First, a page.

A drive around Puglia, Italy

A short drive from Gallipoli marina is Nardo, a small town with baroque churches that is faithful to the siesta tradition. We arrived just after midday, and had the town to ourselves for a short walking tour.

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Lecce is a mid-sized town, known for its baroque churches and roman ruins.
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It is also a university town, so there is an energetic vibe, with lots of young people hanging out in the cafés at night and excellent choices of well-priced “street-food,” or that is the current marketing tool to sell good dishes with their famous burrata cheese, salads, frisella, cured meats and the like.

We ate well here and stayed over a night at a wonderful apartment just 5 minutes’ walk from the piazza del Duomo. Staying inside a walled city always offers an exciting drive through medieval streets, narrow and packed with people, a rosary clutching kind of drive. Photographing these streets empty only requires walking in the heat of the day while everyone in Europe is asleep.

Alberobello is the town known for the Trulli, these small dome shaped houses built from stone. The history is that houses built for the workers exacted a tax on the landowner, so these houses were built to be assembled and disassembled quickly from the rather flat rocks dug up to cultivate the land. This town was made a UNESCO site and these houses preserved, though only 4 families still live in them. The rest are now tourist holiday rentals or shops. We stayied in a hotel that was originally a Trullo but added to to make a nice hotel. Our room was a trullo with modern wifi, bathroom, and an interesting sleeping area. The bed was on a floor of plexiglass a few feet above a white rock bottom. I suspect moisture management was the reason for this, but with lights under the bed, it made a unique and pretty “bedroom.” The manager was a nice guy, and took us on a 1 hour walk around town to give us an overview, to explain why such a small town had such a huge church (because churches were often more about the person whose money built it that the Diety it honors), and to show us a shop where a man makes tiny handmade Trulli houses as souvenirs!! Surprise!! Perhaps it was his father or uncle’s shop, but it was very interesting.

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Foods of Puglia

FOOD in Puglia

In Santa Maria di Leuca, our crew member Serena had a craving for puccia, a specialty she remembered from visiting Puglia in her youth. To American eyes, puccia is a sandwich. It is served on a specific Puglinese bread, let’s call it something like a thick, dry pita, filled with something like meat, or cheese, or vegetables. We walked about 2 miles in search of one, but we found one in a food truck near the pineapple bar (which is also a food truck, just shaped like a pineapple.)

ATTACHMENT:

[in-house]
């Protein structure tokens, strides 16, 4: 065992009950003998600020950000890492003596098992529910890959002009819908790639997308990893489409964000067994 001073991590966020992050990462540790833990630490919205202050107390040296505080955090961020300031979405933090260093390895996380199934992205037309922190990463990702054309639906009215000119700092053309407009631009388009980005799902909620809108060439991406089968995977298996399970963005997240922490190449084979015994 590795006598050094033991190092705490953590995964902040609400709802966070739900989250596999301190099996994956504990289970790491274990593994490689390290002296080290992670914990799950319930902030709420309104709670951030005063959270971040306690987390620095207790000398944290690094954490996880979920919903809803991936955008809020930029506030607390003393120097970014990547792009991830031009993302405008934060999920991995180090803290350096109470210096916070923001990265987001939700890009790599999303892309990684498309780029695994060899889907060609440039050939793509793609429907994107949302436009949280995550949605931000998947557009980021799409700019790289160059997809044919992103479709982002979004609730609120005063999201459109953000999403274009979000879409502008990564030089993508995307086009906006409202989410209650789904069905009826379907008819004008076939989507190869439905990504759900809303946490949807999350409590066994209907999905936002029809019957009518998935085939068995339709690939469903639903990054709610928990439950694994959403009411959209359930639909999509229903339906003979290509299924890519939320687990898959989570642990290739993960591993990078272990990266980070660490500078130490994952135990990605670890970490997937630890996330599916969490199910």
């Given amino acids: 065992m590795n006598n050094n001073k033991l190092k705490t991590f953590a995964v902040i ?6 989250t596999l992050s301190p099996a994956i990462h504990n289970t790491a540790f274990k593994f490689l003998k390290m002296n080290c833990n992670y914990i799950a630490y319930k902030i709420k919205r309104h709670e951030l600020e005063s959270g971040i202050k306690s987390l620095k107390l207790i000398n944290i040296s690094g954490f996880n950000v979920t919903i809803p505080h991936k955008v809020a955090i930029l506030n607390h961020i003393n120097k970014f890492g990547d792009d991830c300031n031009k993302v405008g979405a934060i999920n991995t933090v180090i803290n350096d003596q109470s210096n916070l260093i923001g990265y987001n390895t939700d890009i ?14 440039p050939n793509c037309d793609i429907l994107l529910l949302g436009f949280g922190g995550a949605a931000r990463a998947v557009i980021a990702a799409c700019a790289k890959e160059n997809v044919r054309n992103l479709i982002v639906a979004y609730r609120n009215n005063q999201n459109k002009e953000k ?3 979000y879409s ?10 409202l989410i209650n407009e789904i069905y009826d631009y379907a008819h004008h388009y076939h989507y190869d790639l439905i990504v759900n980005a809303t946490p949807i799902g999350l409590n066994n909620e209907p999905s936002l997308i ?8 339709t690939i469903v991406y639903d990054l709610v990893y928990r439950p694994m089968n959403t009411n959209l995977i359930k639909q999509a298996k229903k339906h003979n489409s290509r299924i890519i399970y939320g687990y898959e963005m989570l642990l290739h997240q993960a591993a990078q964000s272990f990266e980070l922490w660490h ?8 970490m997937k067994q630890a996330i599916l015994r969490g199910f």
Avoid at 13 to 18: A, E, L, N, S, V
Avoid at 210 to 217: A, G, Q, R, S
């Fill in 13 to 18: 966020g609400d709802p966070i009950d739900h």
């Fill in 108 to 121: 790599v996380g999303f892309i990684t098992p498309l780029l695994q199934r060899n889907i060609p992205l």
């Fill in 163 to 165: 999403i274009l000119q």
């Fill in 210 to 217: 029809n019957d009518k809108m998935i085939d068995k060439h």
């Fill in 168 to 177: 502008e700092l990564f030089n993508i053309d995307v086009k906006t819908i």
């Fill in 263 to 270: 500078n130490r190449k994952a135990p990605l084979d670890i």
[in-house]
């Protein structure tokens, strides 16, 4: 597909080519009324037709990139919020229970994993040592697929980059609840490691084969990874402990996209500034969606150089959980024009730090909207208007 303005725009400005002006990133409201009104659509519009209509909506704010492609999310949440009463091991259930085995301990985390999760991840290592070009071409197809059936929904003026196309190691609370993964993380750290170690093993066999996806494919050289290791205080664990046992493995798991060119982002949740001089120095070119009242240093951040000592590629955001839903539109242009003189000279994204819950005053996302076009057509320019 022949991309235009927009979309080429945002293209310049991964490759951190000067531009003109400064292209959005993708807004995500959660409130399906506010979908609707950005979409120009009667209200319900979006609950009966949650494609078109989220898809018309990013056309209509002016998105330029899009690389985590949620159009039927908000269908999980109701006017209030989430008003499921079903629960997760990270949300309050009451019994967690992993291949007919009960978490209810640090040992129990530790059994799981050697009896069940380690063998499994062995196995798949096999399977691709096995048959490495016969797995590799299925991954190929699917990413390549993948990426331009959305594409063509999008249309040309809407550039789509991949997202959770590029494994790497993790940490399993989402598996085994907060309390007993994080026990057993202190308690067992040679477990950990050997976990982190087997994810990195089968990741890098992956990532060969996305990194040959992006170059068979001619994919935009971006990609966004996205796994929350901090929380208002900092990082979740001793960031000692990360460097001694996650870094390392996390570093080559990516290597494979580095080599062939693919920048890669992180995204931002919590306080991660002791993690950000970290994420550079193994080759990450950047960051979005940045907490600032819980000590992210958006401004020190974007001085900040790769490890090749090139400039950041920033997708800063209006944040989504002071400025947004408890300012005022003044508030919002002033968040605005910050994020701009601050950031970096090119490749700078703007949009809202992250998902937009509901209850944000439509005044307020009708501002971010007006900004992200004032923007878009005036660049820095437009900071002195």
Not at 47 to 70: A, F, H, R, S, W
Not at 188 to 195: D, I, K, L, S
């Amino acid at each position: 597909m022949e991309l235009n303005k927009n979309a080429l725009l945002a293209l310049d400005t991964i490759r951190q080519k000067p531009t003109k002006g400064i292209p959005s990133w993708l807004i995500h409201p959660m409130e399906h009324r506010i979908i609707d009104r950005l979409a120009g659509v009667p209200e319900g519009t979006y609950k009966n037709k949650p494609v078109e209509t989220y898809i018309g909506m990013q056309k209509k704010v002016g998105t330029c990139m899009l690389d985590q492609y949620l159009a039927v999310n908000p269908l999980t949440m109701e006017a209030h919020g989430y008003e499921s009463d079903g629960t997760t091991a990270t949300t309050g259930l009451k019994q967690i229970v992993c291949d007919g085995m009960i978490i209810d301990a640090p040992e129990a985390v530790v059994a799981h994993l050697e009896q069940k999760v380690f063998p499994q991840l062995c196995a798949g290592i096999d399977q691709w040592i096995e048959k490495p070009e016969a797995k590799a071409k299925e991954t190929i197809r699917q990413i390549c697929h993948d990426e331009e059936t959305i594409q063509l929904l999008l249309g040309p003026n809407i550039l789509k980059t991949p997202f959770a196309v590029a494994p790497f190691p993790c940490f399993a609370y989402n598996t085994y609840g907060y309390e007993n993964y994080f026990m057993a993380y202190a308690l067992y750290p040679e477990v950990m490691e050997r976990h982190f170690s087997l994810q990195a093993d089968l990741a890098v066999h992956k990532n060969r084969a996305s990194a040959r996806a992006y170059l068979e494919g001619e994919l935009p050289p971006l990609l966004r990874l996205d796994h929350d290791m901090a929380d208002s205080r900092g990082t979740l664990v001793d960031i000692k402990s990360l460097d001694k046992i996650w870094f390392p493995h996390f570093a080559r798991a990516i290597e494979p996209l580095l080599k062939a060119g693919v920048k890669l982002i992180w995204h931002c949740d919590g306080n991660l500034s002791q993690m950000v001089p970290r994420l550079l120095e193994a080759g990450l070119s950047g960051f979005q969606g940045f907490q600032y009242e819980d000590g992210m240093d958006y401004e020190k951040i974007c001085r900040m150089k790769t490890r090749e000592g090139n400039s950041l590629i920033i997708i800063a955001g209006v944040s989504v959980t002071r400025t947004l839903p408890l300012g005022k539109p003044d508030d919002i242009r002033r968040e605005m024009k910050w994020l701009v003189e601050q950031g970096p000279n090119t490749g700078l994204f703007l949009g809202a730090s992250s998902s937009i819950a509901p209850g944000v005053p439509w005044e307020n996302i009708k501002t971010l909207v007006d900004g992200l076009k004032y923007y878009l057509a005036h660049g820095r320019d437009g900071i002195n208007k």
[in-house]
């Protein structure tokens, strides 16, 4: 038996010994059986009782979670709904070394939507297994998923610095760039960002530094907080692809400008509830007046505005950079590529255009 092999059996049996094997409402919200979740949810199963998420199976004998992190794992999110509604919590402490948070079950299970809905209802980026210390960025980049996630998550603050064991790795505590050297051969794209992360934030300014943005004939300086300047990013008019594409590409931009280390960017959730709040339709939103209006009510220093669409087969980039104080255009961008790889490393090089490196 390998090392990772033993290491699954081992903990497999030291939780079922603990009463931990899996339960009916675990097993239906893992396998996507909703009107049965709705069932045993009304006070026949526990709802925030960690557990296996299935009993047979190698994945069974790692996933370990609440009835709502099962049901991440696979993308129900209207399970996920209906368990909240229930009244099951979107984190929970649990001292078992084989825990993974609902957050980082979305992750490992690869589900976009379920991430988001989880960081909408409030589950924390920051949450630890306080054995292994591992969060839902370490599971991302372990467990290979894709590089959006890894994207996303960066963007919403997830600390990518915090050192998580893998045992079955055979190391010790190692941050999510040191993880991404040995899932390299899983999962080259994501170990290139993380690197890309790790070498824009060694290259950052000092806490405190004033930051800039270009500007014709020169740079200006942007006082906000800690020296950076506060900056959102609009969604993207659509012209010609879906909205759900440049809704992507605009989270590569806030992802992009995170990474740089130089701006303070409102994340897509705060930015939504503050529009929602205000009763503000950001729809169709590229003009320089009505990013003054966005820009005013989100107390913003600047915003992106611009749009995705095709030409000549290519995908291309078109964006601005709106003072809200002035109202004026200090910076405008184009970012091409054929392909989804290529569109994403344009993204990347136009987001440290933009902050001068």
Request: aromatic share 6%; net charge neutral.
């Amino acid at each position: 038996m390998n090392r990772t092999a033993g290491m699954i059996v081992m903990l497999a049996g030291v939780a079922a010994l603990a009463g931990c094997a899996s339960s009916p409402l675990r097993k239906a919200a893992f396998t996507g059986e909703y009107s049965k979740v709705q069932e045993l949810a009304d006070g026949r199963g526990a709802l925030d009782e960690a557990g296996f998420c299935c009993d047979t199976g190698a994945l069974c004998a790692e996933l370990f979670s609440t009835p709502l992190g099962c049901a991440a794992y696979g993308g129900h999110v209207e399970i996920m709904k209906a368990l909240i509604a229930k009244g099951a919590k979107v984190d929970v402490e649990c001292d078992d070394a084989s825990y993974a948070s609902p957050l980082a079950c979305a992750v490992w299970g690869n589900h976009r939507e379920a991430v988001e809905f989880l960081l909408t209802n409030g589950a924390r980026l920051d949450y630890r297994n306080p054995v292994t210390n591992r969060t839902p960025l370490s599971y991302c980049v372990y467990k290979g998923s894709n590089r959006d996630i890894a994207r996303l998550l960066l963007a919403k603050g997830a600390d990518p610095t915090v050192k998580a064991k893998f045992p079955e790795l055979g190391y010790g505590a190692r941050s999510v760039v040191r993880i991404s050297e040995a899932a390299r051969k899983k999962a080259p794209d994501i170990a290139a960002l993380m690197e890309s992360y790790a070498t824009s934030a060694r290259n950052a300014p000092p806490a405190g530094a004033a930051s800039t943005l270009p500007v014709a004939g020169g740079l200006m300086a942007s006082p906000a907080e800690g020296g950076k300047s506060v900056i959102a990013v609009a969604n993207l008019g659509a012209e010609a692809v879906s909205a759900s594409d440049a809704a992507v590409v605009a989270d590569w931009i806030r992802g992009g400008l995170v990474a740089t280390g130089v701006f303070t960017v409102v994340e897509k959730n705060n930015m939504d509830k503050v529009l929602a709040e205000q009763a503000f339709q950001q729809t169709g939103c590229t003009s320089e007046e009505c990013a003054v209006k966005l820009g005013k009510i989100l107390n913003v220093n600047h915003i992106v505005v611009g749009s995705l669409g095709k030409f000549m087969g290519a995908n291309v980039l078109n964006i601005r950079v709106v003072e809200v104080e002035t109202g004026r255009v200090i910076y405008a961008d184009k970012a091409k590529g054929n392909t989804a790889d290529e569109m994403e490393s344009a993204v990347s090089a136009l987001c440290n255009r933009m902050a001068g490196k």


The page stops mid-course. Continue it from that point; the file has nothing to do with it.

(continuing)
Both fine dining establishments have plastic tables set up in a parking lot with the best sunset views in town.
This gets my recommendation, but I might get a sausage next time instead of a meatball puccia, as mine was a bit dry.

Gallipoli is known for the its seafood. The gambiere, or red shrimp from here are sold in Cafe du Paris, according to our Captain (who also owns a restaurant, a multi-talented guy).

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Find the restaurant and pescerie La Lampara. We perused their seafood- still alive- and chose our oysters, clams and cockles and in 10 minutes they were presented for eating. We ate them all raw, and they were incredible! La Lampara also has a fish market like I have seldom seen, and you can choose your fish and have it cooked for you.


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This is under the bridge to the old town, where the fishing boats unload, so it smells bad, you eat with plastic forks on paper plates, but you will not find fresher seafood, or better just-caught fish in Puglia, perhaps in the whole of the Med. Stunning!

The rest of the Salento (most southern section of Puglia) also boasts non-seafood dishes, burrata cheese being the highlight. It is the soft, creamier version of mozzarella, also made from buffala, or female water buffalo, ideally, but cow’s milk will do in a pinch. Serena and Pietro found this one enormous cheese for us in a market.

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The common name for a burrata this size is zizona, or big boob.